I was perusing the MOST AWESOME ANTIQUE STORE IN THE WORLD (located north of El Paso, TX), when I found the front cover and first 4 pages of an 1841 classical dictionary.
It awakened the book-hungry librarian in my soul and I was determined to find the rest of it–there had to be more! After all, there was a clearly marked $9 price on the last ripped page. Even a greedy antique store owner is not crazy enough to charge $9 for the first four pages of a mythology dictionary (then again, who knows?). THE MOST AWESOME ANTIQUE STORE IN THE WORLD is huge– over 11,000 sq. ft., plus outside and whatever is hanging from the ceiling– so I was certain the rest of the dictionary had to be around somewhere, even if it took forever to find it. It took another hour of searching to find it, but I finally dug it out of a box about a yard where I’d found the cover. Sometimes things like to hide from me in plain sight.
Man-oh-man is it in rough shape! For those of you unfamiliar with the Chihuahuan Desert, it’s dry. Very dry. In fact, the day I found this dictionary, the air was filled with dust and howling wind. You couldn’t see the mountains, or even the sun for that matter. It’s crispy and crunchy like a cracker everywhere you go, which you know is bad for your healthy, living skin. Now, imagine what that dry, sizzling heat does to 170-year-old dead cow/pig/sheep skin. It’s not pretty:
The book, however, is not yet a total loss! It was obviously a very pricy book when it was first published, evidenced by the very fine leather-on-board binding and a prettily printed page edge in a turquoise pebble pattern.
The inside is crammed full of text and more text and more text. If you want to know about the right toe of Palaemon, a son of Priam, this is your tome! And a true tome it is; weighing in at over 4 pounds, measuring an impressive 3.5 inches thick.
Both covers are off and it isn’t really safe to have it in any position other than flat right now. Others have attempted to conserve it, visible as a few ill-thought pieces of tape and an earlier, more professional addition of leather strips at the spine hinges. These, however, all failed and now both covers float freely, doing more harm than good when it comes to protecting what remains of the inside. The spine itself is intact, but the leather cover flakes and cracks with the slightest movement. Even just taking these pictures put an almost unbearable strain on the cover, despite my best efforts at being gentle. However, all is not lost! This poor tome, left to become dust in a bone-dry corner of THE MOST AWESOME ANTIQUE STORE IN THE WORLD, offers the perfect opportunity to explore the world of book restoration. The paper and glue are all pretty well intact, aside from the ripped front leaves, with no mold or water damage. The book’s most troublesome condition issue lies in the leather. The leather is suffering from “red rot,” a condition in which the tannic acid used to tan the leather all those years ago has begun to eat away at the leather, reducing it to a felty, powder-covered mess.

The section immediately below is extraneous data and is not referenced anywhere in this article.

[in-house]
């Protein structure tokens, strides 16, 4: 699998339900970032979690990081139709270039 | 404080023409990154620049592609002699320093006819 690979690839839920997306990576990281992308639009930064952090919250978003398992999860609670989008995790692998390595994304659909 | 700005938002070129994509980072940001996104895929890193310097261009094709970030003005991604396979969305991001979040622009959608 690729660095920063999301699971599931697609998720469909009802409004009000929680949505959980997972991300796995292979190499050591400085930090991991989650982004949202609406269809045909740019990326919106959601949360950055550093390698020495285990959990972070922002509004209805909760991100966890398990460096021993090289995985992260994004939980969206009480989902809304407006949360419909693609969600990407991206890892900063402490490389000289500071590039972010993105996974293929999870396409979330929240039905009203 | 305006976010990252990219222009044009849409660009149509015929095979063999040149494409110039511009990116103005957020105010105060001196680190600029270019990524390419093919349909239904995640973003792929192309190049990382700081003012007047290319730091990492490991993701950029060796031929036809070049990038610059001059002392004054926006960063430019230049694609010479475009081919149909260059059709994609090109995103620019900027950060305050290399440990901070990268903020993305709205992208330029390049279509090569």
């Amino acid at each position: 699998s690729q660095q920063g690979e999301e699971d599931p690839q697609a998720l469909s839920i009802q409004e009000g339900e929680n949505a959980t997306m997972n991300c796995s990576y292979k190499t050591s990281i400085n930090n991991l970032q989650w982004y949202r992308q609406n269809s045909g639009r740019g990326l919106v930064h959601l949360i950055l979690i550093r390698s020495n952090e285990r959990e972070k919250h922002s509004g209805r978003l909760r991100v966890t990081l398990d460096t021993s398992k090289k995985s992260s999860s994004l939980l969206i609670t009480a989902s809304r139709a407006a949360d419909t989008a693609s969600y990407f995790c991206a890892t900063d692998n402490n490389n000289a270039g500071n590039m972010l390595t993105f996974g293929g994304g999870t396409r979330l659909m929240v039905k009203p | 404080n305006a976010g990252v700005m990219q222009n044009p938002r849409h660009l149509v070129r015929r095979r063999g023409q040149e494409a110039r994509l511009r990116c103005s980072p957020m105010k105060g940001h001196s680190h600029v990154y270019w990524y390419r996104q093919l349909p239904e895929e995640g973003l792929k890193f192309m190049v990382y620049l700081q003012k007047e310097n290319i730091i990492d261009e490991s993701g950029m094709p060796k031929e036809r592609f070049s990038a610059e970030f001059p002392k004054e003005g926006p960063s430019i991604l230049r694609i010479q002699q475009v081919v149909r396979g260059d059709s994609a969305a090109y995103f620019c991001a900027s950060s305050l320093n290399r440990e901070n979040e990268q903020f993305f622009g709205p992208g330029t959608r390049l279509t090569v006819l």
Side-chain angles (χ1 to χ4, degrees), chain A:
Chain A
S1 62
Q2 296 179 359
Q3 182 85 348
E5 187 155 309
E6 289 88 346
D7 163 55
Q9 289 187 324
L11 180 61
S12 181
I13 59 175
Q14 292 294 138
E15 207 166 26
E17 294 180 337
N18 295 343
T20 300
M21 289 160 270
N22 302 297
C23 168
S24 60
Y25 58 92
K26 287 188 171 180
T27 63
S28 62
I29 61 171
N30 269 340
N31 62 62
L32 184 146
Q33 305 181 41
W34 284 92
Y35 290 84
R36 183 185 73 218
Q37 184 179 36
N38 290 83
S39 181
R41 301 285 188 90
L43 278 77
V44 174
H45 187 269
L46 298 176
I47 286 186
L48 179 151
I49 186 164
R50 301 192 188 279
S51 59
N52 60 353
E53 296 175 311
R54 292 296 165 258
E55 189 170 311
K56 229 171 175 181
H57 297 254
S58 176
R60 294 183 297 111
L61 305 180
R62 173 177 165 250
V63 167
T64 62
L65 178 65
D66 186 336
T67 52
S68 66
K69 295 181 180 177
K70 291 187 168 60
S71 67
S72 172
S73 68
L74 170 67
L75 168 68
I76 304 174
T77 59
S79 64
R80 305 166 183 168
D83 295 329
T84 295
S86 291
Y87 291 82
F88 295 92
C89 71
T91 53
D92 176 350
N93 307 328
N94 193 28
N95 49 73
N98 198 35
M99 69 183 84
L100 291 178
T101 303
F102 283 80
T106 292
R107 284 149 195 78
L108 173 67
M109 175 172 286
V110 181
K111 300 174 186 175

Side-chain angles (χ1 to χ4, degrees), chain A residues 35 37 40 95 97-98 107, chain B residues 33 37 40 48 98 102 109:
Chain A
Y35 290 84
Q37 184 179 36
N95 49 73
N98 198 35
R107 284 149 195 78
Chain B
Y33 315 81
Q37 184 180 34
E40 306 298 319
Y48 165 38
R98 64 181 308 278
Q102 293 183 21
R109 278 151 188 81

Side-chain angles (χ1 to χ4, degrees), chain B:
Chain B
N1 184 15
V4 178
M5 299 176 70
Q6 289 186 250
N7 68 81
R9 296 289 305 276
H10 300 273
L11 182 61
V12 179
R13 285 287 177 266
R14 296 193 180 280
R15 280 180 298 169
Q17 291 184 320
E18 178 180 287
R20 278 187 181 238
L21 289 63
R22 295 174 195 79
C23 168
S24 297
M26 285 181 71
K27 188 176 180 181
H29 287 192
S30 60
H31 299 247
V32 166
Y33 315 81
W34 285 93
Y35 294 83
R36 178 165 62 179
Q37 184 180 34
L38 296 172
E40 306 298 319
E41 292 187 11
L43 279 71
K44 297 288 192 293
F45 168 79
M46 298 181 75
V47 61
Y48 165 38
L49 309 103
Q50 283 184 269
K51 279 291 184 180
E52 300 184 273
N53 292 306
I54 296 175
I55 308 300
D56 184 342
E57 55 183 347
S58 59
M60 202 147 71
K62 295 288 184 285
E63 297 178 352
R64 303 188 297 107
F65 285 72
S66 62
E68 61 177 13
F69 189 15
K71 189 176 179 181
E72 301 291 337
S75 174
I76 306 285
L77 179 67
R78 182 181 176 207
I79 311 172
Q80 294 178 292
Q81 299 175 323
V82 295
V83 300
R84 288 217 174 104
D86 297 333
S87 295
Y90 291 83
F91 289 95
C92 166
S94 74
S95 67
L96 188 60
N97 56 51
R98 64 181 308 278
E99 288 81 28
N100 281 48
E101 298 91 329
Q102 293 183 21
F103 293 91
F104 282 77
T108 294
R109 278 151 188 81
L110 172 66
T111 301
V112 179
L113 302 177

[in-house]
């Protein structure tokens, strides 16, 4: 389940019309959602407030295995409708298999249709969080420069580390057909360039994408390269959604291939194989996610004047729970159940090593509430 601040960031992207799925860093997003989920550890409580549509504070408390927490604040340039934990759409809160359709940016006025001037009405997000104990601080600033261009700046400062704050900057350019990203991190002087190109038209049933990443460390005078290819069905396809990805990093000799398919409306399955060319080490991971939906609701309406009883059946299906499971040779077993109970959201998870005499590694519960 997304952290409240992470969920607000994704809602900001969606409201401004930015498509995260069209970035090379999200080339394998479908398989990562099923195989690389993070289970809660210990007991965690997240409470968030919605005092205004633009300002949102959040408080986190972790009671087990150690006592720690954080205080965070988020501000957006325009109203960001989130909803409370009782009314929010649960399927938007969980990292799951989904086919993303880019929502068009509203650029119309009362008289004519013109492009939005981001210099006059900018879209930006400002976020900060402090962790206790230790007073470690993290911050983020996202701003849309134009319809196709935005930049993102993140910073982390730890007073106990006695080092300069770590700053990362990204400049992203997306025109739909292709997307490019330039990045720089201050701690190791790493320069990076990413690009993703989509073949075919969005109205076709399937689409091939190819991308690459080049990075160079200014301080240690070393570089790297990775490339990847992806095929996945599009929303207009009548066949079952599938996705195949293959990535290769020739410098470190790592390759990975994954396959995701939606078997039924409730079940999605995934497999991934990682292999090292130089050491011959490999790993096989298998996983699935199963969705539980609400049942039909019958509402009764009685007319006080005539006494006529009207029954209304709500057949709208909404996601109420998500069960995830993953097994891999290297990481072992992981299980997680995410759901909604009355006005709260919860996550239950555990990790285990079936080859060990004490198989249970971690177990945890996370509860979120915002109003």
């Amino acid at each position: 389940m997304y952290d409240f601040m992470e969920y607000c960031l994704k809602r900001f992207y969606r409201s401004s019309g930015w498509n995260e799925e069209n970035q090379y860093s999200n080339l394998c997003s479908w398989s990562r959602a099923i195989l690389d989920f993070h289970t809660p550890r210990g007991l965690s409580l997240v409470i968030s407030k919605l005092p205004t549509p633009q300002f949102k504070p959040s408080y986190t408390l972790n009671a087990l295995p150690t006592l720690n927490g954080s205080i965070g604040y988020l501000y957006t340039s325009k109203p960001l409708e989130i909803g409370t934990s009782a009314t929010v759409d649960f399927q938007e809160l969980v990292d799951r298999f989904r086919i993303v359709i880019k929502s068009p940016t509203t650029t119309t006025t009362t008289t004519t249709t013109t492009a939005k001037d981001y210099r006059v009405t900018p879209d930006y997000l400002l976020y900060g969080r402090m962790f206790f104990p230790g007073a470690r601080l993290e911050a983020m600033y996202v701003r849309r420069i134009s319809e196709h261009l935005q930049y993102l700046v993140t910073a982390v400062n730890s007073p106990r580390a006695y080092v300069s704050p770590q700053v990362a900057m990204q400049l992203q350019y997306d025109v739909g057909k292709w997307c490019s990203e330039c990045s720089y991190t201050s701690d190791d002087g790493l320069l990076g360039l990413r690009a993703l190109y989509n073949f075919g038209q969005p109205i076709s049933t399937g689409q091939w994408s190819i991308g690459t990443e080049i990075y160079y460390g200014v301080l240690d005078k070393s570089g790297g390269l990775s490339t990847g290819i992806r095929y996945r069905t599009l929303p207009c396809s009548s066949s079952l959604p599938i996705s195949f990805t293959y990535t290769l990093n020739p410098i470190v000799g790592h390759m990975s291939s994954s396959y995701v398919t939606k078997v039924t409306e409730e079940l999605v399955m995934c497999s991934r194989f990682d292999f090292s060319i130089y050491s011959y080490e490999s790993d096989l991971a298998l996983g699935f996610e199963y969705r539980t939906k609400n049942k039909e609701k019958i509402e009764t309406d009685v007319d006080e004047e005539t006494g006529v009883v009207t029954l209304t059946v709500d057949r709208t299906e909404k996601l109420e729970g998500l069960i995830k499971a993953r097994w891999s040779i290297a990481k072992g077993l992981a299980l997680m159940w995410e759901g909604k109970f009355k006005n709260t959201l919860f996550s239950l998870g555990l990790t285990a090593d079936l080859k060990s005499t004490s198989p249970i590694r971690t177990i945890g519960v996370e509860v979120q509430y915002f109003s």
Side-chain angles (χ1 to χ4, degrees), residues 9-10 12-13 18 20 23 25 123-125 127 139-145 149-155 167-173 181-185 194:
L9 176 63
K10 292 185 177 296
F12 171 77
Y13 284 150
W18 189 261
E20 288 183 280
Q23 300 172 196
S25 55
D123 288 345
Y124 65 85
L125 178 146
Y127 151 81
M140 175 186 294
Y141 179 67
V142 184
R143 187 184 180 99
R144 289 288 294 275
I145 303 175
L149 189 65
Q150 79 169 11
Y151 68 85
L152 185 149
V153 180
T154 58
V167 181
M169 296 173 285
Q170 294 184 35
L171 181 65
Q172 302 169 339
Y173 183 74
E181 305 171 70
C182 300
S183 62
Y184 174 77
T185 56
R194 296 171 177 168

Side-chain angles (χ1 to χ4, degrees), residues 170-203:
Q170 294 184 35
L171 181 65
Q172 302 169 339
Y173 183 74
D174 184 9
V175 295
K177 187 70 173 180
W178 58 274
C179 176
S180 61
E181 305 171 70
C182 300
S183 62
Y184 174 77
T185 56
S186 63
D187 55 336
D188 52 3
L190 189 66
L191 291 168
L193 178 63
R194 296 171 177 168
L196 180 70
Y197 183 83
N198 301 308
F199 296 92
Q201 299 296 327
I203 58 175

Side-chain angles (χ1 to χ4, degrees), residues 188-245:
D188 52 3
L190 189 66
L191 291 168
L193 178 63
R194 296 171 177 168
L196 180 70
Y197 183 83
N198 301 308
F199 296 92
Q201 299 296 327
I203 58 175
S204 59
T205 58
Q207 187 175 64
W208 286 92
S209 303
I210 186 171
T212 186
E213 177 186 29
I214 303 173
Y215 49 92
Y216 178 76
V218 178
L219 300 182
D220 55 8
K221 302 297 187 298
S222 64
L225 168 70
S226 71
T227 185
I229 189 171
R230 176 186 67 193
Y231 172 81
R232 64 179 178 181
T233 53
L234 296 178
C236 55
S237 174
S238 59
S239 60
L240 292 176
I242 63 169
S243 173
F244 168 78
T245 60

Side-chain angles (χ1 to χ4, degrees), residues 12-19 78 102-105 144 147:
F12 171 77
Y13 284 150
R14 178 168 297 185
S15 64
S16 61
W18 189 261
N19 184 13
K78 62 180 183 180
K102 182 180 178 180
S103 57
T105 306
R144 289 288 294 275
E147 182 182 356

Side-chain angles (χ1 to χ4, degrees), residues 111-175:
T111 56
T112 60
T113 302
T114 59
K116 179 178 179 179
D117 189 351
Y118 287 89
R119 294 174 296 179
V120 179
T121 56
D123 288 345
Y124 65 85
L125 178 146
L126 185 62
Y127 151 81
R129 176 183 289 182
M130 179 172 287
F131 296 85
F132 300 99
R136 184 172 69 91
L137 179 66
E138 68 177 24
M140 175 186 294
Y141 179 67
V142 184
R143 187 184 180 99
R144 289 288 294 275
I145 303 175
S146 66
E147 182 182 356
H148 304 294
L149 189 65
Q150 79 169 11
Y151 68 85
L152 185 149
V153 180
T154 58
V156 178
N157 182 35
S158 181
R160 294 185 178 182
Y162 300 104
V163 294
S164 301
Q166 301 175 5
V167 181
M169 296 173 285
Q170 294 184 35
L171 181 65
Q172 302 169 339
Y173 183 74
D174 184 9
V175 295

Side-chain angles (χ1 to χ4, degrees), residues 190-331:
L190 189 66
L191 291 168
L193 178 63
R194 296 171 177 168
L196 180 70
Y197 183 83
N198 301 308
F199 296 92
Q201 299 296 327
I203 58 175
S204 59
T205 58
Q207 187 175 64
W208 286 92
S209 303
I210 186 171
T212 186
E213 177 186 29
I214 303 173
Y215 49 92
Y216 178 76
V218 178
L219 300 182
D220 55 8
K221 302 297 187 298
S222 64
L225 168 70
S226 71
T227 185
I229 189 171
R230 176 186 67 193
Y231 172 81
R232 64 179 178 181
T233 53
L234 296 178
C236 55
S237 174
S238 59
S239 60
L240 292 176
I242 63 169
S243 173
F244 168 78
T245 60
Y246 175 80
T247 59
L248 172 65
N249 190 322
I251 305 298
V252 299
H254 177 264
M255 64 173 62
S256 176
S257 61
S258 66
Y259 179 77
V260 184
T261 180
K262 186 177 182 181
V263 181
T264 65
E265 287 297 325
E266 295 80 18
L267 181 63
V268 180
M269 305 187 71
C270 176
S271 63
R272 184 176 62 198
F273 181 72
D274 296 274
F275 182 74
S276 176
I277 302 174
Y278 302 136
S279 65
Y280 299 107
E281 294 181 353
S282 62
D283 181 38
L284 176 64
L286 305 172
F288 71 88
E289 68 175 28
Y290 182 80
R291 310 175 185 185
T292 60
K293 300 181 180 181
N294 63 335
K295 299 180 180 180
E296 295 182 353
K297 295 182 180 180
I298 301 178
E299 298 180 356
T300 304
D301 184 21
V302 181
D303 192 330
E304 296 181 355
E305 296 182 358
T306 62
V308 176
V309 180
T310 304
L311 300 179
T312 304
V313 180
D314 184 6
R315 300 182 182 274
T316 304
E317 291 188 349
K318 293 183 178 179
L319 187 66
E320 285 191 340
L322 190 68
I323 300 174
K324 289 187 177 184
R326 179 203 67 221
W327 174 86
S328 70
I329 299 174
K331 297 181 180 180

The profusion of orange dust on my fingers bears witness to the severity of this dictionary’s case of red rot. The powder literally leaves a dust print of the book wherever it is laid. It’s like having flour on your hands after making cookies. One swipe on your black pants and poof! Everyone can tell what you’ve been doing. I came up to the counter holding the dictionary and a few other items piled in my arms. I came out of the store with a square print of orange dust right smack in the middle of my chest! I thought the powder-dry binding was beyond hope, but a little bit of internet research lead me to a product called Cellugel. Cellugel is a book archival preservative that promises to help treat red rot without further damaging the book. It’s kind of like Oil of Olay for books: it promises to magically reverse wrinkles, but let’s face it, no matter how much you slather on cream, your face is eventually going to shrivel up. Like deep wrinkles, red rot is irreversible (after all, the leather is dead skin, so it can’t heal by producing new cells), but it can be controlled and I really want to try Cellugel out on my sad classical dictionary!
A jar of the stuff is expensive, $35 with shipping, but it’s an adventure! If it kills the covers of the dictionary, the tome will be no worse off than it originally is, but if it works…hello happier classical dictionary! Then it will be on to re-attaching the covers and stabilizing the spine. I think this dictionary could be one of the best books I’ve gotten so far since it offers me the opportunity to have a sacrificial book: one I can explore book preservation with. Most book conservation and preservation schools recommend having this sort of book around to learn basic techniques on before moving on to more difficult and valuable books. I am very interested in the field, so I want to try it out. It might make a good career or at least a viable, fascinating side business!